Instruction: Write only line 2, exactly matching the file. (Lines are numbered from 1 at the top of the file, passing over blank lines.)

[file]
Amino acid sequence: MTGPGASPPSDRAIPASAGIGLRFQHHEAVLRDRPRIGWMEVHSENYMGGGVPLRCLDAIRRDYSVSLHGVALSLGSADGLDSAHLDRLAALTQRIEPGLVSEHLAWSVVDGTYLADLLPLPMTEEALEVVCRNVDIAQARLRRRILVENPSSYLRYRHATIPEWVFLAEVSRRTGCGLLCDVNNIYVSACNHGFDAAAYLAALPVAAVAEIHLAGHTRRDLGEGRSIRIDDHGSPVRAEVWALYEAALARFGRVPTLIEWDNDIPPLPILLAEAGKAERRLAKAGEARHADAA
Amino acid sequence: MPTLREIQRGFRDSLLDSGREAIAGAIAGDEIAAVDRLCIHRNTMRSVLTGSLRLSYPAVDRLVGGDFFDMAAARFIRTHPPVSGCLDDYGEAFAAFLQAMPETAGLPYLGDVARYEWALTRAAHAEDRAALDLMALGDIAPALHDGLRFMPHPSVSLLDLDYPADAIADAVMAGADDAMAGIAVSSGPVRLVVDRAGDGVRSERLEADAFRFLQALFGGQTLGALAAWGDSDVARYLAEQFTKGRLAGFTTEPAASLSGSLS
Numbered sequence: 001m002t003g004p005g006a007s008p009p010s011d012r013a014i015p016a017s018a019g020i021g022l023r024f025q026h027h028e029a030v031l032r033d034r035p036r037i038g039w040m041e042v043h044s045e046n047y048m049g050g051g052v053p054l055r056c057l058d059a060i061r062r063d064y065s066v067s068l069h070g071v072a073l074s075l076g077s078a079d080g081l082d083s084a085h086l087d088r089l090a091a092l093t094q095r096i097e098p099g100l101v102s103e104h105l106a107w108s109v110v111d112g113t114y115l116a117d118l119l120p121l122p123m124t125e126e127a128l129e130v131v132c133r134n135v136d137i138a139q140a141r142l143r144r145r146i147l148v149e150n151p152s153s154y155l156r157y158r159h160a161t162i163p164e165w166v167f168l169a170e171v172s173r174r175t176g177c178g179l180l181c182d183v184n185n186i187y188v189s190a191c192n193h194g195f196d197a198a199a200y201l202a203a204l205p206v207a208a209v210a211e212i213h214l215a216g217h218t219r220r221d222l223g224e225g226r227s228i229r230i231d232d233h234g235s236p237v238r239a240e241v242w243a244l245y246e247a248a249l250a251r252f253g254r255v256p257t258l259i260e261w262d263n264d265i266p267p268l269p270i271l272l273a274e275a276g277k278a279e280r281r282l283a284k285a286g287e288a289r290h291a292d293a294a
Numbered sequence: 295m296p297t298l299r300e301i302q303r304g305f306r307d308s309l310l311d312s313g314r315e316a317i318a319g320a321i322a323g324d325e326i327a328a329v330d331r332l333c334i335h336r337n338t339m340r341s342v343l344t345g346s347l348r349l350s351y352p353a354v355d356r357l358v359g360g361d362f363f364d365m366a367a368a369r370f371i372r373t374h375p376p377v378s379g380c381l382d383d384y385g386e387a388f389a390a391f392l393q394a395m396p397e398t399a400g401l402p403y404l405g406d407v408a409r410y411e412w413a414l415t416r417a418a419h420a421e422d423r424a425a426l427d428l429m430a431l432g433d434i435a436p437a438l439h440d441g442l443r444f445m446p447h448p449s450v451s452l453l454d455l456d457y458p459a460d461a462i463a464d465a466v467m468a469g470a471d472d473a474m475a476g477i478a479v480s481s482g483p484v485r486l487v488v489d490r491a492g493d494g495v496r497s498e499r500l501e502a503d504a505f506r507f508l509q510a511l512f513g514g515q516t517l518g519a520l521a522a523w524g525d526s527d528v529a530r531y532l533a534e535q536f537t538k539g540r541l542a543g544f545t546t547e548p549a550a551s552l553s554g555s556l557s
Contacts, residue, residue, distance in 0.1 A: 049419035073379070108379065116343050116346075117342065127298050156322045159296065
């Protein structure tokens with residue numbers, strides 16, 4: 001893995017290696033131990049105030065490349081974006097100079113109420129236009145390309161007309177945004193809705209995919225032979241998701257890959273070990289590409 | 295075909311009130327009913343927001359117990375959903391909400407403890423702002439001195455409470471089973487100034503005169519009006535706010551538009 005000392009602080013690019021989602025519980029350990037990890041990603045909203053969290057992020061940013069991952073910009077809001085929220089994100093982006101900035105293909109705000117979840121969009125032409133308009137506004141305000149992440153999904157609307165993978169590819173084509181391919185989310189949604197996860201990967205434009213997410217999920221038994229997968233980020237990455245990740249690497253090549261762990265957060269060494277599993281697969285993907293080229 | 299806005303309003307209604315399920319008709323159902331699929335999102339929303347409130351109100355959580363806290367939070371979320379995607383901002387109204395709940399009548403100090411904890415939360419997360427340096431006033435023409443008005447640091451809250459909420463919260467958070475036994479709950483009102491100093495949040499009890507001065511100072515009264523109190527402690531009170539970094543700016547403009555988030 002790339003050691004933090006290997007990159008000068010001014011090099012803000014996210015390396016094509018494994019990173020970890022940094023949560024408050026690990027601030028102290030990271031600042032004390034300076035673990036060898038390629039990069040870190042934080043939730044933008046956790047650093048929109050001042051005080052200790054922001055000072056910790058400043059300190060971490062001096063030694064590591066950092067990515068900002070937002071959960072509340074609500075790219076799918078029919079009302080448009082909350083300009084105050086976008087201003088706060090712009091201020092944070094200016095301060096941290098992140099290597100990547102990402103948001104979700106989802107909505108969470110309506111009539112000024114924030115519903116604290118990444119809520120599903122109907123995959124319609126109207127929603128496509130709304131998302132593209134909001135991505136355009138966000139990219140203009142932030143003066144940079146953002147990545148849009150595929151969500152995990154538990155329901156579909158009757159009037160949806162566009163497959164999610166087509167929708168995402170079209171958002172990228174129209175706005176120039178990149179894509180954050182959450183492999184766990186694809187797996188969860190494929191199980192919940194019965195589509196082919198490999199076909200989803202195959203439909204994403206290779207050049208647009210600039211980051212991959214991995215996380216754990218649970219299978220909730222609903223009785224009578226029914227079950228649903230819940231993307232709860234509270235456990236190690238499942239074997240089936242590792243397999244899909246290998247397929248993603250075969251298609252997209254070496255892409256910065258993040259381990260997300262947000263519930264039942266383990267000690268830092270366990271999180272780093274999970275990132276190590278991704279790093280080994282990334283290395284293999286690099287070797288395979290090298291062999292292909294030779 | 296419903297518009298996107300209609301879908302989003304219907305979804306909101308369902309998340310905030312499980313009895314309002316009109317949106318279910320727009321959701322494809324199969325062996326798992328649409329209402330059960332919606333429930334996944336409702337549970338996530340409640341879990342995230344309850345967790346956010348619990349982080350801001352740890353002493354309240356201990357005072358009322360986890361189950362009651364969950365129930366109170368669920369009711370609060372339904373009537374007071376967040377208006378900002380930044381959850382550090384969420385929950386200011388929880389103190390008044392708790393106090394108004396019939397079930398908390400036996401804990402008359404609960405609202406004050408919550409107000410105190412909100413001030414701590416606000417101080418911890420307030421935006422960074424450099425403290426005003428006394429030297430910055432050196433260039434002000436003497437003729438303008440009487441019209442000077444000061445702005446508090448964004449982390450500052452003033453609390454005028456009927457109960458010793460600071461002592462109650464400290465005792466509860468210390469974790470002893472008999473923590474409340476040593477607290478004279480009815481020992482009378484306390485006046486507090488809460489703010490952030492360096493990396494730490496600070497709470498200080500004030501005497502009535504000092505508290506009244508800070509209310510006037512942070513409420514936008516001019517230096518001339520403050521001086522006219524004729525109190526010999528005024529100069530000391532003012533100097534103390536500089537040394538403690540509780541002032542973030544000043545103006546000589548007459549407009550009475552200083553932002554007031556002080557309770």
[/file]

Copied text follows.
Amino acid sequence: MPTLREIQRGFRDSLLDSGREAIAGAIAGDEIAAVDRLCIHRNTMRSVLTGSLRLSYPAVDRLVGGDFFDMAAARFIRTHPPVSGCLDDYGEAFAAFLQAMPETAGLPYLGDVARYEWALTRAAHAEDRAALDLMALGDIAPALHDGLRFMPHPSVSLLDLDYPADAIADAVMAGADDAMAGIAVSSGPVRLVVDRAGDGVRSERLEADAFRFLQALFGGQTLGALAAWGDSDVARYLAEQFTKGRLAGFTTEPAASLSGSLS